In 1859 Martin had a coffee stand in San Francisco at the corner of Sacramento and East Streets.  He was in many business ventures during his lifetime in Virginia City and San Francisco.  A few of his ventures were:

          1860-1865  Virginia City         19 B. St.                         Virginia Saloon

          1868           San Francisco       535 Sacramento St.       Wines-Liquors

          1872           San Francisco       803 Union St.                Saloon

          1878           San Francisco       527 Commercial St.       Oyster Saloon

          1883           San Francisco       1610 Hyde St.                Restaurant

          1884           San Francisco       1203 Polk St.                 Oyster Saloon

          1889           San Francisco        515 Clay St.                  Oyster Saloon

Martin was a citizen in 1849 at Mobile, Alabama and had voted in 1870 in San Francisco.  He was Godfather to a child of Vulicevich in 1876 at St. Mary’s Church in San Francisco.  He was also a member of the Slavonic Illyric Society of San Francisco.

Martin appeared on the Census in 1880 in San Francisco with a wife named Maria, also from Dalmatia.  It is not known whether he had a family. Martin was typical of the hardy Dalmatian pioneers who ventured into the gold and silver mining boom towns as saloonkeepers or merchants. Martin had other brothers or relatives in San Francisco at the time because a John Grosetta with a large family in the early 1860’s and later a prominent commission merchant had a business on Kearny Street in 1858. Another A. Grosetta had a fruit store at 311 Dupont Street in San Francisco in 1859.  This A. Grosetta became a very prominent citizen of Arizona.




In about1895 the brothers Nikola and Andrija Benkovich-Grosetta came to America from Babino PoIje, Island of Mljet, Croatia. On his departure to America Andrija left his wife and son in Mljet. He first lived and worked in Oakland and later moved to Monterey where he worked as a cook in a restaurant. Later he became the coowner of a restaurant in Monterey. His brother Nikola also lived in Oakland for some time and then moved to Watsonville where he was with S. Strazicich a co-owner of the hotel "Morning Star" When they sold the hotel, he moved to Monterey where he worked in a restaurant as a cook like his brother Andrija. There he married Maria who was of Portugese origin. They had no children. Grosetta is the Clan name for Benkovich.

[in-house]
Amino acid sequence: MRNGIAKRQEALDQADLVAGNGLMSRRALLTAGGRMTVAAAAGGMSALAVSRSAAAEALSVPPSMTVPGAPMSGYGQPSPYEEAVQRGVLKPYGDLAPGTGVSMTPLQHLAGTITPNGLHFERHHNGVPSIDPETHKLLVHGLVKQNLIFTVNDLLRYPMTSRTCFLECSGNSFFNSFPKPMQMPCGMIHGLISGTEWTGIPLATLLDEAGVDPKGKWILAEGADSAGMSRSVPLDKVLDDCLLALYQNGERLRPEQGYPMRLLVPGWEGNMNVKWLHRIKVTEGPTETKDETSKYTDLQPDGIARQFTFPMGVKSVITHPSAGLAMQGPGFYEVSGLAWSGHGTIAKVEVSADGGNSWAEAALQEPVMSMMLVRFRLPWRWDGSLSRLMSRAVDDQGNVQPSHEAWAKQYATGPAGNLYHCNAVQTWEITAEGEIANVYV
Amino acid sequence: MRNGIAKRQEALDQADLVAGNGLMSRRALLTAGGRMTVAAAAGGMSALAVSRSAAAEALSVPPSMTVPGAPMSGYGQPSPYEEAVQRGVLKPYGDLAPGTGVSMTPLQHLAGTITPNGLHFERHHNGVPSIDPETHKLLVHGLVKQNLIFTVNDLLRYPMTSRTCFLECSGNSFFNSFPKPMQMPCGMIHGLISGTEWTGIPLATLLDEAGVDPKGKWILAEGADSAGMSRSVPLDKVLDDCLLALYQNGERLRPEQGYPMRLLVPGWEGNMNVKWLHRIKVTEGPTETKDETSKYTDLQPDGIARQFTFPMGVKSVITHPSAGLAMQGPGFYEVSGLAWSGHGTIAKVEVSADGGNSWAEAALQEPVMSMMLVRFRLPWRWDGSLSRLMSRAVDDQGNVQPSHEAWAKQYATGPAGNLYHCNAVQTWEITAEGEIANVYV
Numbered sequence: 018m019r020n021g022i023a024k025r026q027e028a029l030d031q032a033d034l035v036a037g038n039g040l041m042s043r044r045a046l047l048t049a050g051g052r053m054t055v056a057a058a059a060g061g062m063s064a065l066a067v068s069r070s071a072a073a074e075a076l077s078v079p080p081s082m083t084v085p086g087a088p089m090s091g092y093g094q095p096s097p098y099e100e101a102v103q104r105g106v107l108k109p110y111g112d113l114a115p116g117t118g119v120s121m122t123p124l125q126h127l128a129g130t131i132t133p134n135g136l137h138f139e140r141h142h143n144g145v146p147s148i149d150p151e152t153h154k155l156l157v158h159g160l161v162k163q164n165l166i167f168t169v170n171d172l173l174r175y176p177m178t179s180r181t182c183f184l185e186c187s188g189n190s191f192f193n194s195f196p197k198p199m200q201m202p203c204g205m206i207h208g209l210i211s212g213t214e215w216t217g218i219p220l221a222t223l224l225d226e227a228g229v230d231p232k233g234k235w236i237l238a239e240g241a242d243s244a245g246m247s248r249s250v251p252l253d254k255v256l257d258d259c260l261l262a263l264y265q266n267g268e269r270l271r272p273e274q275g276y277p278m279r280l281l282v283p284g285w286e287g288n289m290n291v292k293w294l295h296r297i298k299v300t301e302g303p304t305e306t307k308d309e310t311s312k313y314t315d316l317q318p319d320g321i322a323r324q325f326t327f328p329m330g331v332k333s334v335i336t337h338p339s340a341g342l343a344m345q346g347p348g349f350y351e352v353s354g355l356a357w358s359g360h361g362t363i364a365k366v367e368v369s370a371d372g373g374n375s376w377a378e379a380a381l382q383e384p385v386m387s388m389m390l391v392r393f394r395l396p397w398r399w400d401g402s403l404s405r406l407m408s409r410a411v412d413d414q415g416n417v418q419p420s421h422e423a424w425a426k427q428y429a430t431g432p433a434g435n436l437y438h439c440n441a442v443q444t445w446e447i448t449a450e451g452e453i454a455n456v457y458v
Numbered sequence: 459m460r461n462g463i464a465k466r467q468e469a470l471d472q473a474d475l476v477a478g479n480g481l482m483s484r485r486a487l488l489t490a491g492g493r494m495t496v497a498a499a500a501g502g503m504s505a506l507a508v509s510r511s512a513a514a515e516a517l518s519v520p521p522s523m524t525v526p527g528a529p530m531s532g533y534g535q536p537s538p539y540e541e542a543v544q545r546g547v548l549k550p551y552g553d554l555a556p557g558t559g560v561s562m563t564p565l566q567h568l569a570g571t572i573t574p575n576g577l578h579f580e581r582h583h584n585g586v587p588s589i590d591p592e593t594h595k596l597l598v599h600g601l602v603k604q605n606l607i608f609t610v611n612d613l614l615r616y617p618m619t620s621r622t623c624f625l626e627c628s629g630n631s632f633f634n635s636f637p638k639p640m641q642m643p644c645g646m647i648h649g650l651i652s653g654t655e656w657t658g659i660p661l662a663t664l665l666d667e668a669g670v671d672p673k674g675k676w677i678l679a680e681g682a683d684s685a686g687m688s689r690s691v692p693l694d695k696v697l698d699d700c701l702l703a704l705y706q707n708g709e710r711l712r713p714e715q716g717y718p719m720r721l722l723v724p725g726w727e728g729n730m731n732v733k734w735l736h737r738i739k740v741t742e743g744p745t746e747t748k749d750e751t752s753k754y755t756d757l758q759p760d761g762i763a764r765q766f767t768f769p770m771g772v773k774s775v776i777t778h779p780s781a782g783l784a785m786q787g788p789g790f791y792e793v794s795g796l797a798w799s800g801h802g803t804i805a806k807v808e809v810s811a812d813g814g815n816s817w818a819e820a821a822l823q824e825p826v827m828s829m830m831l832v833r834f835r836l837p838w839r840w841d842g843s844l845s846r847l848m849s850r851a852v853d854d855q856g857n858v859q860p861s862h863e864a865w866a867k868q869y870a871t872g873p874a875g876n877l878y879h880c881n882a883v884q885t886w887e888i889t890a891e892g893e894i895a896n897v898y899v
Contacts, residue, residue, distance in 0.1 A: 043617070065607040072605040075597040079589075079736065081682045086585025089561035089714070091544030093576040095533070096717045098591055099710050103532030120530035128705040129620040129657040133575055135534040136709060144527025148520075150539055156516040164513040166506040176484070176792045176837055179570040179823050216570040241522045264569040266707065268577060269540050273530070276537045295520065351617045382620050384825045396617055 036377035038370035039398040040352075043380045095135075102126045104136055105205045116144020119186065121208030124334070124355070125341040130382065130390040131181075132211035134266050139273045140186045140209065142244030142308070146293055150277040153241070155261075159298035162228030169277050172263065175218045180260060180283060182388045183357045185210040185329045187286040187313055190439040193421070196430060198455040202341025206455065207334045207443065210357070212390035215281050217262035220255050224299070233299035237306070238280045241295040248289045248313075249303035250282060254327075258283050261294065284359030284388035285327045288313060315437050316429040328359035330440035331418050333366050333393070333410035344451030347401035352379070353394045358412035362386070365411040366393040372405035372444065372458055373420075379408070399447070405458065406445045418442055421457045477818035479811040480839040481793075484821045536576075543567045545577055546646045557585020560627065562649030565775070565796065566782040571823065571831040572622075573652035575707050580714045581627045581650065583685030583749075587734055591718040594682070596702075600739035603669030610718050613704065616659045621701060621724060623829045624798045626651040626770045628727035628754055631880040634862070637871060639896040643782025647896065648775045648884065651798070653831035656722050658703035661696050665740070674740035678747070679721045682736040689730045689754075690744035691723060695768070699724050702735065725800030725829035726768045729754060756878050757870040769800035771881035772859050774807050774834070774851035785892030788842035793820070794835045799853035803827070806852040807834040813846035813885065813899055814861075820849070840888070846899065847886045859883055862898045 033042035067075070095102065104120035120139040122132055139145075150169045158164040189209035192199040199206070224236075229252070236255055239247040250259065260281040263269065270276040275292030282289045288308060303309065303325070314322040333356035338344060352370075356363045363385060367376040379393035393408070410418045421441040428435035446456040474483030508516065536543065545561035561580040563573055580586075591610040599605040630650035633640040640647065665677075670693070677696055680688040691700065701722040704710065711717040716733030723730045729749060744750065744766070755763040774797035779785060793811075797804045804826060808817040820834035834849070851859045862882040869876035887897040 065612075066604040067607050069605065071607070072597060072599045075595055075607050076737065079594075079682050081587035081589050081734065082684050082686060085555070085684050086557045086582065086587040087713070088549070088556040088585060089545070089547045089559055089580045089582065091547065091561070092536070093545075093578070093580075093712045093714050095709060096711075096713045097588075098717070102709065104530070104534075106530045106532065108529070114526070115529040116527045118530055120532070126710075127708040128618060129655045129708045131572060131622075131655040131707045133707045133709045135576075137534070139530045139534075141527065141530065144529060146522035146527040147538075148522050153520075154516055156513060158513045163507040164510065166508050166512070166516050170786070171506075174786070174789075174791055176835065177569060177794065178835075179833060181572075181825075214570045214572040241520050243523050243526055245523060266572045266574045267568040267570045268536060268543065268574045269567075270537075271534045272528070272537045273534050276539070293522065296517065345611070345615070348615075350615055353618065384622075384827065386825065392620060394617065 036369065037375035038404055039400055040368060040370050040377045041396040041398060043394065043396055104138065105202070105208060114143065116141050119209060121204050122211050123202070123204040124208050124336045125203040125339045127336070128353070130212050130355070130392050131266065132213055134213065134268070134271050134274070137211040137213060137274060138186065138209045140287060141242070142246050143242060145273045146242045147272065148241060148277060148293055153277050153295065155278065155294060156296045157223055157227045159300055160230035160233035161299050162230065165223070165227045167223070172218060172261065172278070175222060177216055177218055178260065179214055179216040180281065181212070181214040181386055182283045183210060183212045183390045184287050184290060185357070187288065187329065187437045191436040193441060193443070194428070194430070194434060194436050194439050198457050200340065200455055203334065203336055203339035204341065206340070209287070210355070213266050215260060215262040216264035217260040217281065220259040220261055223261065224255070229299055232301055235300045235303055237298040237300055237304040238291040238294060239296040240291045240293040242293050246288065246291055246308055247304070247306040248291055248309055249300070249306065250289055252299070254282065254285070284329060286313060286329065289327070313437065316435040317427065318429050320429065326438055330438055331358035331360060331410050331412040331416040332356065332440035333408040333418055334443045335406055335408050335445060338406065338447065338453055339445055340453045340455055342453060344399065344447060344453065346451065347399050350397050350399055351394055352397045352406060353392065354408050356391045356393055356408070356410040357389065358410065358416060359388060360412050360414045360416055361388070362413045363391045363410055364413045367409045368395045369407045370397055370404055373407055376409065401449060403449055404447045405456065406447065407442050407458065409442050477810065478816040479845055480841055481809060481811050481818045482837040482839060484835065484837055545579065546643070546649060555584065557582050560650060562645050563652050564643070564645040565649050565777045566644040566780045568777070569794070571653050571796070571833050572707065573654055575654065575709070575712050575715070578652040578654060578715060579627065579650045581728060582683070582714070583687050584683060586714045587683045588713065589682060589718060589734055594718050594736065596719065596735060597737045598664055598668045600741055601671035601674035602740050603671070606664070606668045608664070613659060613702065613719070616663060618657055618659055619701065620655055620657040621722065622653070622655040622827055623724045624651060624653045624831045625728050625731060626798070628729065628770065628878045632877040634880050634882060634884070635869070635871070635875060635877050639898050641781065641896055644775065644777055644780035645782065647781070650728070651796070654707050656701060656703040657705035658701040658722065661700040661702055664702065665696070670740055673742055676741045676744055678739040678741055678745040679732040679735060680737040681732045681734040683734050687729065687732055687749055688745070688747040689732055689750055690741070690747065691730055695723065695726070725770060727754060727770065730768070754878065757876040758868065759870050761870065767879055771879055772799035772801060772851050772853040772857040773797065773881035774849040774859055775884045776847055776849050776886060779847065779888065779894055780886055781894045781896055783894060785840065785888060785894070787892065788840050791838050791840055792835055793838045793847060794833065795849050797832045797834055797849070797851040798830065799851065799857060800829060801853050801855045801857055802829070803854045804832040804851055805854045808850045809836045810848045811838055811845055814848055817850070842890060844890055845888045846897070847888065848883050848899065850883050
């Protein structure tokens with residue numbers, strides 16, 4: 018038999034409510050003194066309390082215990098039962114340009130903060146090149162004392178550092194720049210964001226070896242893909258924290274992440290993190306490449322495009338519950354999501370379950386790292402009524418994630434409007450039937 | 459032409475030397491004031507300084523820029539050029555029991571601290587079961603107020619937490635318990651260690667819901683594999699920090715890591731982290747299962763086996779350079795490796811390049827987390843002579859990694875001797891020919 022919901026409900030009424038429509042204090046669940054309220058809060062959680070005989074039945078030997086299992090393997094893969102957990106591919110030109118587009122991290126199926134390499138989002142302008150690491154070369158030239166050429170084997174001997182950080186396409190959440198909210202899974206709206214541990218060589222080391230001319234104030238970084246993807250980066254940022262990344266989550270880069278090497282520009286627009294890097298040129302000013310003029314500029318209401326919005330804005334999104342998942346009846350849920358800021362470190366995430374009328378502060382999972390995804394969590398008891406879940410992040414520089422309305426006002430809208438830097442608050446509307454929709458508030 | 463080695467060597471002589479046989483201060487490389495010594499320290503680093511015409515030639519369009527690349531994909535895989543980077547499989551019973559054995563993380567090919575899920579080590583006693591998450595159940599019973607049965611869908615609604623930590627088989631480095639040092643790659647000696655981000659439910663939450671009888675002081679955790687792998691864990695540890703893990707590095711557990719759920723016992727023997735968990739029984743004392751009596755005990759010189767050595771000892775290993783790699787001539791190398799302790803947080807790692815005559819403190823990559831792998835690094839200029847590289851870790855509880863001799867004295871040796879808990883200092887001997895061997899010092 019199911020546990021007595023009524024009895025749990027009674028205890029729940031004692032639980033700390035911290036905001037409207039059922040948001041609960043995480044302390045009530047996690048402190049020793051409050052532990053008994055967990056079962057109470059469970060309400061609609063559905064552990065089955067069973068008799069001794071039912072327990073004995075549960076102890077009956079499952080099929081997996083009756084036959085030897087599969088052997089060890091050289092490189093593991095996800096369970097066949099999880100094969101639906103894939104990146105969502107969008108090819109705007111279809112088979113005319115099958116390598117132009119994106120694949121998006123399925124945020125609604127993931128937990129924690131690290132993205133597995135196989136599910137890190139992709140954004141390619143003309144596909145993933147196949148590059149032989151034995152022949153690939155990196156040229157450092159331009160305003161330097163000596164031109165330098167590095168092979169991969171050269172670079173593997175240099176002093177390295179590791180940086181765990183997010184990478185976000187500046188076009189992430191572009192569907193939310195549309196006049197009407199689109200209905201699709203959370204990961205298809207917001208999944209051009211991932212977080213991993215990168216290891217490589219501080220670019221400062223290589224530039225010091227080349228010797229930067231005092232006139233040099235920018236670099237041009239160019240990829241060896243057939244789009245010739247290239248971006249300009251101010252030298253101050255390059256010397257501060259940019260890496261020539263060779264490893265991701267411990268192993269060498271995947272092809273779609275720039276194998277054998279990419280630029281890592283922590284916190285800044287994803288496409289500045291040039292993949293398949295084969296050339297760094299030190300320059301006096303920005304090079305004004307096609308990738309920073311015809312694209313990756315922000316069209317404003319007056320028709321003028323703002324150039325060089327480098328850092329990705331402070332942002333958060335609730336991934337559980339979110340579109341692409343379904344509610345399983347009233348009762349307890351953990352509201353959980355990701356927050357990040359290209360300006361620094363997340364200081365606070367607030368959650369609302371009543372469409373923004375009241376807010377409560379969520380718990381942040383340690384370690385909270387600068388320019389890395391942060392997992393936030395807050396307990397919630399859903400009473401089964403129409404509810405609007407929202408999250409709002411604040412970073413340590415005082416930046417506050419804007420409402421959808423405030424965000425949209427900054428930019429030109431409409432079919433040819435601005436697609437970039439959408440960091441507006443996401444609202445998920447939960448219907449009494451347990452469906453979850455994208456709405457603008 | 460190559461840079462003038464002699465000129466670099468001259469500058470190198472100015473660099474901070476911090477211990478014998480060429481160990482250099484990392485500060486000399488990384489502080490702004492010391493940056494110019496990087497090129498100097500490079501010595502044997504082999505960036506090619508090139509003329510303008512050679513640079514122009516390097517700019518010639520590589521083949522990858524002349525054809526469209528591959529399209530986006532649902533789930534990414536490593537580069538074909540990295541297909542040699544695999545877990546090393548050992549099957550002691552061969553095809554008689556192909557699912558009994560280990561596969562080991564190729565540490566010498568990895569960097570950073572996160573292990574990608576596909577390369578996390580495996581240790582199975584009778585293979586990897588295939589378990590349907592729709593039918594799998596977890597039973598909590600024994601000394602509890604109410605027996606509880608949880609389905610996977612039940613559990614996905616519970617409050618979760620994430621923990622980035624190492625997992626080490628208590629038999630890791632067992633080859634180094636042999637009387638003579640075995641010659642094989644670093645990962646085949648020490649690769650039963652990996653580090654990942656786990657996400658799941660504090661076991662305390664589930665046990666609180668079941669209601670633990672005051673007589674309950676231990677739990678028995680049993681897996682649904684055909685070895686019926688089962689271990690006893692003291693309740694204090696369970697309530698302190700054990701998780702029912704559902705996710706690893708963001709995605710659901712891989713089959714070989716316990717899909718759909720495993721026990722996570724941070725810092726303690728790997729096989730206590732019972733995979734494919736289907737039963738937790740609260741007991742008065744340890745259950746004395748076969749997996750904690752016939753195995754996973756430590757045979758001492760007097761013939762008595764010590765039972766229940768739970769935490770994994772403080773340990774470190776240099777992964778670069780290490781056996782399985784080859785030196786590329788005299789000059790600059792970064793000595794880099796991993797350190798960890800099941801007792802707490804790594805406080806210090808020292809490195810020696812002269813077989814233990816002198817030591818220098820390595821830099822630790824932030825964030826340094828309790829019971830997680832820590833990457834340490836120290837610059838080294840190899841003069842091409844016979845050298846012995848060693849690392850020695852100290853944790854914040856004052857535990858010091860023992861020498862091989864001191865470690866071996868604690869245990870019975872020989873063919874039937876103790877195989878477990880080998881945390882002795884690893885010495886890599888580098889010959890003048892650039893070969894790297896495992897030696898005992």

“Mato Macela Born in Vrucica Gornja March 24, 1846 in State of Dalmacia under the Australian! flag came to the State of Louisiana in 1870. This vault is for Mr. Macela and his wife. Mr. Macela is not dad yet, but when he is dad this vault is to be sealed forever. This tomb is never to be sold None except those of white blood to be buried in this tomb.” Our Lady of Good Harbor Cemetery, Plaquemines Parish, Louisiana.




And then there is Sheriff Bob Butorovich who closed the oldest Whore House in the great State of Montana. The now call him “Montana Bob NeDa”.




The Tockos, were willing to kill for their oysters. The French and Americans called Dalmatian Croatians “Tockos” in Louisiana. It came from “do this or that” or tako-tako.

Kings or no kings, the Tockos had converted oyster production into what is probably the most efficient of the Delta gathering enterprises. The French remained in the business, but it expanded all about them, and the expansion was Dalmatian. Between the Frenchman and the Tocko, little friction developed; the French shrugged and concentrated on their trapping and their various other callings. When a Dalmatian oyster man needed extra help, the French did not object to digging and tonging, though they complained that he was a hard driver. But occasionally a Tocko would find oysters missing from his reef and accuse certain of the earlier Deltans of stealing. The reefs until now had been more or less public property; and among some it was not regarded as a mortal sin to draw out a few shellfish. A man moved his pirogue into low water, slipped over the side, and felt for the oysters with his feet and his rump. When he dumped his catch at home, he rubbed his trouser-seat and said, "I worked for them;" and the family knew what he meant. Gradually, however, the poaching decreased.